By late 2005, American horror cinema had finally found its voice again. Credit the wave of brutal and unrelenting films that echoed the films made by the mavericks of the ‘70s, if not in overall quality then at least in nihilistic intentions, the prime examples being Rob Zombie’s The Devil’s Rejects and Eli Roth’s Hostel. Concurrently, Hollywood studios were also releasing foreign-made horror breakouts that matched Zombie and Roth, namely Frenchman Alexandre Aja’s High Tension and Aussie duo James Wan and Leigh Whannell’s Saw, both of which were given wide releases stateside thanks to Lionsgate. FrightFest co-director Alan Jones, who was then writing for Total Film, lovingly dubbed these filmmakers the “Splat Pack” in 2006; that same year, New York critic David Edelstein would not so lovingly brand their films “torture porn.” Yet those seminal films were all two years late to the party kick-started by Platinum Dunes’ The Texas Chainsaw Massacre

Although it was bigger in all production aspects than the Splat Pack’s work, Platinum Dunes’ hard-R, violent-as-hell Massacre wasn’t all that different in spirit. Prior to unleashing Leatherface onto a new generation, Bay was coming off of Bad Boys II, a $273-million-earning juggernaut that marked his fifth straight directorial effort to earn $140-million-plus at the box office. Populated with beautiful people, widespread explosions, and excessive sun flares, Bay’s films were high-class junk food, playing safely by pitching shiny object fastballs down the middle to audiences looking to do anything but challenge themselves. With The Texas Chainsaw Massacre, Bay and his collaborators ignored the status quo, abandoning the funhouse vibes of Joel Silver’s then-prolific Dark Castle’s glossier remakes (House on Haunted Hill, Thirteen Ghosts), significantly lowering mainstream horror’s typical budget (Thirteen Ghosts, for example cost $42 million; Texas Chainsaw cost $9 million), and harkening to an era where the prime objective was to keep horror lean, mean, and ruthless. It’s no wonder that most reviews for Platinum Dunes’ debut read as if the film was an affront. Roger Ebert called it “a contemptible film: vile, brutal, and ugly.” Dave Kehr of The New York Times wasn’t much kinder: “Rather than exhilaration, this bilious film offers only entrapment and despair.”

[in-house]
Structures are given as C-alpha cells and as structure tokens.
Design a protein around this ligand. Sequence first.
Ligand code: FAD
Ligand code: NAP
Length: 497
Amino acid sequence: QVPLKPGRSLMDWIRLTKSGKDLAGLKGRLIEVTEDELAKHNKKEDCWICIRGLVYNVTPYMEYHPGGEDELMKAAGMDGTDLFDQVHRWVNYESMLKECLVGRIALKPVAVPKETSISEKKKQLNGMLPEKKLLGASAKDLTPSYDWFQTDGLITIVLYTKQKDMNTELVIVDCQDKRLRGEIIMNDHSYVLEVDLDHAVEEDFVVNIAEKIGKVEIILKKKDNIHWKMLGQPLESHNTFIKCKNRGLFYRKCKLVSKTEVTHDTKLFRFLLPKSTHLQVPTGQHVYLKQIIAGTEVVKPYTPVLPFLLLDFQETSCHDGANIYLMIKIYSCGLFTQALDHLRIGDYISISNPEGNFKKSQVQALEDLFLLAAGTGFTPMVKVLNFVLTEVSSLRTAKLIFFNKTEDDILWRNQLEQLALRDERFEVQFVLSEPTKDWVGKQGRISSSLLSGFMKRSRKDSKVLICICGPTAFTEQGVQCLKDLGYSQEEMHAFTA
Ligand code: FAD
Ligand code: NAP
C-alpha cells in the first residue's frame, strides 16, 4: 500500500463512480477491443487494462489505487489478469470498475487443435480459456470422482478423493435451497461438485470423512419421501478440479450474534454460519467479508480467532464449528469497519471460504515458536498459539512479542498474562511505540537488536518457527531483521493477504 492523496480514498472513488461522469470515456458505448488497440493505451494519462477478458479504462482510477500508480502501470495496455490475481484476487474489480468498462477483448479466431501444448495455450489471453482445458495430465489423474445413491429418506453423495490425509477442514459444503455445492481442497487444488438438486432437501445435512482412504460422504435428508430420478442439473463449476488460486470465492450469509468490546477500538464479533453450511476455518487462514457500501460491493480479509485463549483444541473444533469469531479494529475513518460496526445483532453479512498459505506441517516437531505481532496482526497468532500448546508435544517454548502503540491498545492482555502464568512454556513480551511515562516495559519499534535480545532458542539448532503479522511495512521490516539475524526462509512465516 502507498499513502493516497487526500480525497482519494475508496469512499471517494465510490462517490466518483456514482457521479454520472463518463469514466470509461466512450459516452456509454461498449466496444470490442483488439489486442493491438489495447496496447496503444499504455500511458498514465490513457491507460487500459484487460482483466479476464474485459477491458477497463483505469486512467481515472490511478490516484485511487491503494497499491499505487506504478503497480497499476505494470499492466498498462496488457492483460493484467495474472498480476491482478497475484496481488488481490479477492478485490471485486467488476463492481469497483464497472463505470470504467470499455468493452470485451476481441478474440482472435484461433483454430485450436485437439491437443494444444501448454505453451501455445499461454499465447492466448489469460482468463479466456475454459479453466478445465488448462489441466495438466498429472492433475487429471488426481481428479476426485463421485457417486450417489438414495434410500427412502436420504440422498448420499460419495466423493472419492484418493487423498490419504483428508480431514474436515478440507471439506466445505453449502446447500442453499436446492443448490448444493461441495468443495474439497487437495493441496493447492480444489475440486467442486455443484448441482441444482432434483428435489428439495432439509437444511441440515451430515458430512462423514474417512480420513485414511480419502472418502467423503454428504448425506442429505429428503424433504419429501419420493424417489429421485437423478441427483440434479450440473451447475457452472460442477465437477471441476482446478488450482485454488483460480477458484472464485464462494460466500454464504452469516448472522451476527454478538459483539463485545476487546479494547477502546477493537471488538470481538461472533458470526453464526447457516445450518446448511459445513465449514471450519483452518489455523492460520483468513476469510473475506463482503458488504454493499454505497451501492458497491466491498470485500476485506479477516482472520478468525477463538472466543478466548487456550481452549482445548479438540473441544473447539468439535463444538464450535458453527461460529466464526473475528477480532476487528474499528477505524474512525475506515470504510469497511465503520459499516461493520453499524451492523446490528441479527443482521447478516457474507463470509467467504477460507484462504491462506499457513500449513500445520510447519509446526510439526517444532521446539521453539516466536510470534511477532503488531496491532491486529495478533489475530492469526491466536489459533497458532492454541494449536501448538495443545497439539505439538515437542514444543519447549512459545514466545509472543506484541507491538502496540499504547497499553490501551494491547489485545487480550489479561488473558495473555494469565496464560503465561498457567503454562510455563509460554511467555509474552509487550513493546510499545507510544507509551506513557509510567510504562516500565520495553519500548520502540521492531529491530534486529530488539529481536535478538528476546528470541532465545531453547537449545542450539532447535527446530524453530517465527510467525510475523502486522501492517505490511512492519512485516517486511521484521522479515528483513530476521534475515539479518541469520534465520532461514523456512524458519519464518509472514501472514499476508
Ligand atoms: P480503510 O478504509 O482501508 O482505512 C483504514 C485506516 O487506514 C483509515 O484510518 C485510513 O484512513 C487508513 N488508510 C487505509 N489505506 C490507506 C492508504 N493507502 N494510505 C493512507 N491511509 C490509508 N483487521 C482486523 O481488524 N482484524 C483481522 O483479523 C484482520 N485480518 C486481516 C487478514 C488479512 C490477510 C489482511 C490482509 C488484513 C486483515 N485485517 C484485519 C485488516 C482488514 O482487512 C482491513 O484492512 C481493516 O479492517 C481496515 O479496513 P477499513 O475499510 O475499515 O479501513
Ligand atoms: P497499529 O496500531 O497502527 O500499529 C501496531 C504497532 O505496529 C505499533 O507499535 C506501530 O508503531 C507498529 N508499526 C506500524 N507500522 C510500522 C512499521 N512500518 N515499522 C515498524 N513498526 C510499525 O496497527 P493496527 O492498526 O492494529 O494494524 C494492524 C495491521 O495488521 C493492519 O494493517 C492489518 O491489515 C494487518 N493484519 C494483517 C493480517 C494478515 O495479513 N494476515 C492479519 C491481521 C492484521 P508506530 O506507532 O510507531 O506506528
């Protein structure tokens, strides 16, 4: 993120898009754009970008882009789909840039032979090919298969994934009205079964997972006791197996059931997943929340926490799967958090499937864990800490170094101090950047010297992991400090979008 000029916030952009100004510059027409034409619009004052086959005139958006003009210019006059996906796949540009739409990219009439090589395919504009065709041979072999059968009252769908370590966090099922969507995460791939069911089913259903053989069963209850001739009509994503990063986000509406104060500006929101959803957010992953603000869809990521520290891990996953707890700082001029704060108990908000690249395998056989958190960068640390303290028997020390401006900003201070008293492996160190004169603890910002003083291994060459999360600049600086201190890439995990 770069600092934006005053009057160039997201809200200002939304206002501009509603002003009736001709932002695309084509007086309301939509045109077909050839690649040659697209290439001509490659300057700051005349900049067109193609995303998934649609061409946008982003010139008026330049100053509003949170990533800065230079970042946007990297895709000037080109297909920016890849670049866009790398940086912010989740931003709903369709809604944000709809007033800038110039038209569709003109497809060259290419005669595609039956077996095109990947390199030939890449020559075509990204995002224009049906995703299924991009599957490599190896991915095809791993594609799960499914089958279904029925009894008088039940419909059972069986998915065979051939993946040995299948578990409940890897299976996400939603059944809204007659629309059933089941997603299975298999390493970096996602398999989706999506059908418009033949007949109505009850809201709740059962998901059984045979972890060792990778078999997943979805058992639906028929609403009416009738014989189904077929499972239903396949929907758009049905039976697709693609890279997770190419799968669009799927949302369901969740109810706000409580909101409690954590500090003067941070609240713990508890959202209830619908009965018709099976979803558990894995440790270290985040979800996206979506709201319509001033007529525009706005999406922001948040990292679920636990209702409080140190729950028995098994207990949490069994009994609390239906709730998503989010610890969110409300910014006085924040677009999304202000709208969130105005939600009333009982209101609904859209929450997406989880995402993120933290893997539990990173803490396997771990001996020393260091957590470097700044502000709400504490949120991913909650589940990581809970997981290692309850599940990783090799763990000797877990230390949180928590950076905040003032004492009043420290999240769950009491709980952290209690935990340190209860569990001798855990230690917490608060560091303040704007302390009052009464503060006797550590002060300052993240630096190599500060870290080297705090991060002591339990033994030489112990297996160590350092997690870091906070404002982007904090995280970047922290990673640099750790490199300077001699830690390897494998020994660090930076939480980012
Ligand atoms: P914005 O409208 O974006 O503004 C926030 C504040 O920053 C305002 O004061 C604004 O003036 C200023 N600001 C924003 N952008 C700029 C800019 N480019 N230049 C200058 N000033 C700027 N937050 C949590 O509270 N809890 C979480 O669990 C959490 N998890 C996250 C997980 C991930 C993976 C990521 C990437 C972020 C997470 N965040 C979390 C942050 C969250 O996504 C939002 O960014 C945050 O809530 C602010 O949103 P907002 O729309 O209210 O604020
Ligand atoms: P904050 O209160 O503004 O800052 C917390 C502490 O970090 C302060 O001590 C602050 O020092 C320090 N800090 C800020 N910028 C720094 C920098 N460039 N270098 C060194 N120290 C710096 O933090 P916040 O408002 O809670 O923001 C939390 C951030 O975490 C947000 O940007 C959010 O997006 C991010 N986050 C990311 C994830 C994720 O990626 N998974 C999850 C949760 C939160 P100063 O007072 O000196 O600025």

During a 2007 interview with Variety, Rob Zombie described his style of horror by saying, “My movies are supposed to be shocking and horrible — I don’t want them to be fun.” Four years earlier, critics like Kehr and Ebert certainly didn’t have any fun with the Bay-guided Texas Chainsaw. Eighty million dollars’ worth of ticket-buyers, however, sure did. And soon after, Hollywood took notice. Looking to repeat New Line’s Chainsaw-fueled, gore-soaked Halloween season triumph, Lionsgate released the first Saw, a tiny $1.2 million Sundance Film Festival breakout, in October 2004; a whopping $104 million later, Saw proved that audiences’ bloodlust triggered by Platinum Dunes’ Chainsaw was officially big business. In December 2005, Dimension Films bravely opened Australian filmmaker Greg McLean’s Wolf Creek, another one-time inconspicuous Sundance hit that’s full of Texas Chainsaw’s backwoods DNA, in over 1,700 theaters. The next year, Fox Searchlight recruited High Tension director Alex Aja to remake The Hills Have Eyes, a grisly reboot that follows Bay’s Chainsaw playbook almost to the tee, right down to similarly cut and scored trailers. In 2007, the remake train first gassed up by Platinum Dunes reached its divisive zenith with Rob Zombie’s Halloween, and two years later, full circle status was achieved with the remake of The Last House on the Left, whose straight-faced barbarity had more in common with the new Chainsaw than Craven’s original Last House

Throughout those years, the zeitgeist was restless. Conditioned by the news for the worst, American audiences needed an outlet. And so did filmmakers. Appearing on the Fox News program, Your World with Neil Cavuto, in April 2006, Eli Roth explained the deeper connection between classic in-your-face horror and the headline-dominating output from he and his peers.

“If you talk to all the horror directors of the '70s, they say that they were making films as a reaction to watching Vietnam on television,” said Roth. “Now, thanks to George Bush, Dick Cheney, and Donald Rumsfeld, there’s a whole new wave of horror movies. We’re in the war now and you feel like it’s never going to end.”

The War in Afghanistan kicked off in October 2001, a joint strike by the United States and British troops targeting Taliban and Al Qaeda in Afghanistan, in response to 9/11; in March 2003, the Iraq War, which lasted for eight years, began similarly, with American and British forces bombing the hell out of Iraq. 

In that context, Platinum Dunes’ The Texas Chainsaw Massacre was the preemptive post-9/11 strike, prefacing Roth and his ilk, that the horror community didn’t even realize it needed. To repurpose Anthony Lane’s words, mainstream horror felt new again. 

Matt Barone (@MBarone) is the senior programmer for the Brooklyn Horror Film Festival, programmer for the North Bend Film Festival, and assistant programmer for the Tribeca Film Festival. He grew up in New Jersey next to the town where Alice, Sweet Alice was shot and brags about that often.